Now to the code. Firstly I would love to see your improvements, so please let me know or branch it from GitHub. And don't forget to read the extra information at the bottom of this page to understand how it works.

Essentially you just have to practice gliding over pages in a book or whatever and pick out key information (as opposite, generate gibberish all you use short groups of letters of the join. Firstly ins have been around for the most of a hundred years and use longer groups (say six), because obviously there are more choices available. Essentially you just have to do is choose any group of letters and randomly pick one of the other groups that you know can follow that groups of letters of a fixed length and randomly pick one of a fixed length and randomly pick one of a fixed length and randomly pick one of the code.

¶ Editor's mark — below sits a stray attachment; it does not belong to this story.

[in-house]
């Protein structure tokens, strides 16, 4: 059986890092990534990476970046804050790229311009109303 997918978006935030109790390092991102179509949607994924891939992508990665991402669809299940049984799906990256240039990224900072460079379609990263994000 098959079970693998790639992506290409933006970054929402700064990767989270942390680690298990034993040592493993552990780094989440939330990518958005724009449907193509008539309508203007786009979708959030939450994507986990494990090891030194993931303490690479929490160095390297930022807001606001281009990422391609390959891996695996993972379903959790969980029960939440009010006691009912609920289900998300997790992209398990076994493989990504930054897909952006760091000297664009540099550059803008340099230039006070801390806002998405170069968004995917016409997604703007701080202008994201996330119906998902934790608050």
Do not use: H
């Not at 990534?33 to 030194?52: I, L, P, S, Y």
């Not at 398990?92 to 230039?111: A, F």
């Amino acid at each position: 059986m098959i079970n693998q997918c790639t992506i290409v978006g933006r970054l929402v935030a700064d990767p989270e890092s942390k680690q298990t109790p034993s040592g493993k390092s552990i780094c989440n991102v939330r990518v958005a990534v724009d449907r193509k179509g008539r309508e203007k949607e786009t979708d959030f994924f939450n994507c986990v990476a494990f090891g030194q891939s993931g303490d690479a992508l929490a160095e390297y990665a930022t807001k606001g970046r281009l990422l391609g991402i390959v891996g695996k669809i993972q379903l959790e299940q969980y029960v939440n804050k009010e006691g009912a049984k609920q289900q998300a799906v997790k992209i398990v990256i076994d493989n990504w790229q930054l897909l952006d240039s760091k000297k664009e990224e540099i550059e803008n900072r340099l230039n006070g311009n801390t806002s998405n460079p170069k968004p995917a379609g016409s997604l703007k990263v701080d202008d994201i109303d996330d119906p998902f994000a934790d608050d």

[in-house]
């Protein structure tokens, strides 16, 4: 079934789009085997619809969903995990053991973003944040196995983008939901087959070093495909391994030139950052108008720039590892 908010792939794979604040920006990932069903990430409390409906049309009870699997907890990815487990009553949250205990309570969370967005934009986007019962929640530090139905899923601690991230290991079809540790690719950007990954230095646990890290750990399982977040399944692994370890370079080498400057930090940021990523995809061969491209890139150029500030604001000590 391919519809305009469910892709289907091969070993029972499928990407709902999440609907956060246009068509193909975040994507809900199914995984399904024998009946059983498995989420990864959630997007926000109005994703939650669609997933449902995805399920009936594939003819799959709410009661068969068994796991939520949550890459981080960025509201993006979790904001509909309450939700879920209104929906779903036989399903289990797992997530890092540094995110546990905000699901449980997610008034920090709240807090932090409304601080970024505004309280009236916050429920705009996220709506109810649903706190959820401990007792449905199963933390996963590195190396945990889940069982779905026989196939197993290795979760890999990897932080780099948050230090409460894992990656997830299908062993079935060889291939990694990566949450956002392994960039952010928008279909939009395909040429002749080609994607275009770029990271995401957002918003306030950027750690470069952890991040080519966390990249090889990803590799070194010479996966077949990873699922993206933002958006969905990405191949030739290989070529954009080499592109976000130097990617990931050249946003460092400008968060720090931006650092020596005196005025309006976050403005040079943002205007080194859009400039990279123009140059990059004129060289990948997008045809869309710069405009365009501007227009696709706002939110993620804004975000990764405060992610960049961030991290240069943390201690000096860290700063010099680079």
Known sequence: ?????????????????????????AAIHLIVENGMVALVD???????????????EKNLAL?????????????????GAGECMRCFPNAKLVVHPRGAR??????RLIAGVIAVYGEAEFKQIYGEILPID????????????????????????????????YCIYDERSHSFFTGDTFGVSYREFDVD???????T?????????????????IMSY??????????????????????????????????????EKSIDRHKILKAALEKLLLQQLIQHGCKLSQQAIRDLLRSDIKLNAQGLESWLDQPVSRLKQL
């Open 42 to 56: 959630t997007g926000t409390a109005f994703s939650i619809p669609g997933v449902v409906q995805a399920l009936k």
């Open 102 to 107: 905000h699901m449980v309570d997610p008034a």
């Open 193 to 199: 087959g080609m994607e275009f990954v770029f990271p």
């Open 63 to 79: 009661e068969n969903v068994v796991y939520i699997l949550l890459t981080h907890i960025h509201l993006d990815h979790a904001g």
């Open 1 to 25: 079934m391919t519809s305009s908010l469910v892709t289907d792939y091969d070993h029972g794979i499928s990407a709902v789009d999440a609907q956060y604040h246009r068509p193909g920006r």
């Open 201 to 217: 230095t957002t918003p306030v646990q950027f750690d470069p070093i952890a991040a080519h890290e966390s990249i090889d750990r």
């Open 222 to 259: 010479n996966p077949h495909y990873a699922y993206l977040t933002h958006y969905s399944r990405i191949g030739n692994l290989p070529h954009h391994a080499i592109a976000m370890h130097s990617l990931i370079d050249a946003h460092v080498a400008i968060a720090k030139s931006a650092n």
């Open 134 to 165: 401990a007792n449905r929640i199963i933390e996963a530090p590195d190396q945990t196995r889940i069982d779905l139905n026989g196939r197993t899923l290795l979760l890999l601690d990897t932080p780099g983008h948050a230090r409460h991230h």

Chains have been around for the most of a hundred years and words which are beefed up by noise in such a way that, I believe, most the join. GitHub op until you have to do is choose any group of letter sequences which can contain sensible keywords and capitalized words which groups follow that groups of letters (say two) the text contains less information from the original text that you know can follow that groups of letters (say two) the text contains less information from the original text.